No longer anything to fear from wireless charging
By: Loek Janssen
Project Engineer, Sensor Systems
1st March 2017
Recently, I have been working on a project where we really wanted wireless charging for the device. Being only in the prototype phase, it was considered more a “nice to have” than a complete requirement, with several engineers putting it into the “requires a lot of work” category. However, after doing some research, I decided that the standards (such as Qi and PMA) were developed enough, with excellent support, to give it a try.
So how does it work?
Most wireless charging is based around the idea of inductive charging, i.e. inducing a current using a magnetic field. In many ways, the idea is similar to that used in transformer, current in one coil, induces current in a second coil. However, transformers share the same magnetic core and when the two coils are separated by air the method is horrendously inefficient with most of the power wasted instead.
When the two coils are, in combination with capacitors, used to form resonant circuits, the efficiency over air increases dramatically. The range is only a few centimetres but reasonable amounts of power can be safely and easily transferred.
As only alternating signals can be used in the inductive coupling, any receiver then needs to rectify the signal, filter and provide the output to power the system or charge a local battery. A control loop usually exists in the receiver to limit the overall current drawn. Additionally, the transmitter and receiver can also communicate by gently modulating the signal, while only a small amount of data can be transferred; it is more than enough to allow basic control messages between the two devices.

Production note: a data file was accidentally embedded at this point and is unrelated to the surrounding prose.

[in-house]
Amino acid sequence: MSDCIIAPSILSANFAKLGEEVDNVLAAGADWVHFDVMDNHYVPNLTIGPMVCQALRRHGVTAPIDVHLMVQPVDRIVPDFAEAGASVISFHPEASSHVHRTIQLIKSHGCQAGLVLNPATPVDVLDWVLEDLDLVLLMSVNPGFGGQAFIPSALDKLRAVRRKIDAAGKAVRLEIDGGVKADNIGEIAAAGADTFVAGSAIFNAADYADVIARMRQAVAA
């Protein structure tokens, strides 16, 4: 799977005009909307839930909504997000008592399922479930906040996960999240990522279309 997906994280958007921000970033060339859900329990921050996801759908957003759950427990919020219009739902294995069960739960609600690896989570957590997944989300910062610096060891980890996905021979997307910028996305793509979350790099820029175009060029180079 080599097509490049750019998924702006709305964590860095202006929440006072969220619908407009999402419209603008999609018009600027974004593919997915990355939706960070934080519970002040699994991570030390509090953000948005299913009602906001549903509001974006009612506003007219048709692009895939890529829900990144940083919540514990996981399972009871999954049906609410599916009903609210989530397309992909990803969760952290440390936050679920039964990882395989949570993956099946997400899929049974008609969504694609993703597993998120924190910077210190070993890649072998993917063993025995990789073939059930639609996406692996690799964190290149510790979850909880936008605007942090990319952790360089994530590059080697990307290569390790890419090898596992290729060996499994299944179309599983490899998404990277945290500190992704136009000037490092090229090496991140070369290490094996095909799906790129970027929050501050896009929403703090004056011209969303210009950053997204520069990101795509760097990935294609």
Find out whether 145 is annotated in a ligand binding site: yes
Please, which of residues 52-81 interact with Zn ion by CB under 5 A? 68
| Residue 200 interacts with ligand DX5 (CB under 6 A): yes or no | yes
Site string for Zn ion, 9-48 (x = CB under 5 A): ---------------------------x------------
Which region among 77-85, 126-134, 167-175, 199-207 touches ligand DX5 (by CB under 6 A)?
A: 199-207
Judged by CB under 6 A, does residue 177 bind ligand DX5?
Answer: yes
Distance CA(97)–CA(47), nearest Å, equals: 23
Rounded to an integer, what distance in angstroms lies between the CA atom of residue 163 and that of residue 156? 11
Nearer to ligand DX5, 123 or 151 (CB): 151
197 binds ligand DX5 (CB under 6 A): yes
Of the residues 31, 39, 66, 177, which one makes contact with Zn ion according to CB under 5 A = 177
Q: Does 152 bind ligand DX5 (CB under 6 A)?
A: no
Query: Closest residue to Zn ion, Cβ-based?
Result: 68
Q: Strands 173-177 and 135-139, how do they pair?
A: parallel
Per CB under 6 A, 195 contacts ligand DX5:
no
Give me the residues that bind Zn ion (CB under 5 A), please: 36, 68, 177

Several standards now exist using this idea of inductive charging, using different frequencies, voltages and modulations for power transfer and communication. While none have yet won out, multiple mature ICs, which handle much of the heavy lifting of the receiver (and transmitter) side, happily exist for the QI, PMA and Airfuel standards. The Qi standard, as an example, uses a frequency of 100-200 kHz and ASK (amplitude shift key) modulation for communication.
Getting it into a product
While the datasheets require some maths to determine the correct component values, it is fairly straightforward, and once a suitable charging coil has been chosen, I quickly got around to prototyping the design. With the right evaluation board, I was able to get a nice receiver working over short distances, allowing me to test various coils to see which would work best through different plastic materials. I had chosen a QI receiver IC, as the QI protocol seemed very mature, and looking ahead to the future, plans were in place for extensive improvements from the recently released V1.2 standard.
Now the prototyping was done, I designed the IC, components and charging coil into our system and once the final PCB was back, tested the wireless charging system. As expected, power could be drawn through the system, with the IC internally controlling the voltage to produce a nice 5V DC signal to power to the system.
Despite not having any personal experience in the area, the wealth of information and useful components allowed me to quickly prototype and design a circuit with wireless charging. It is a seriously useful component of the system, allowing devices to be sealed and protected, while still being easy to recharge.
Regularly, people are surprised by the addition of successful wireless charging to the system but I think this is a hangover from the past; when implementing such a design was difficult, complex and required a lot of effort to get working. Now we have the addition of excellent standards and mature ICs in mass production, it is definitely time to stop being afraid of wireless charging.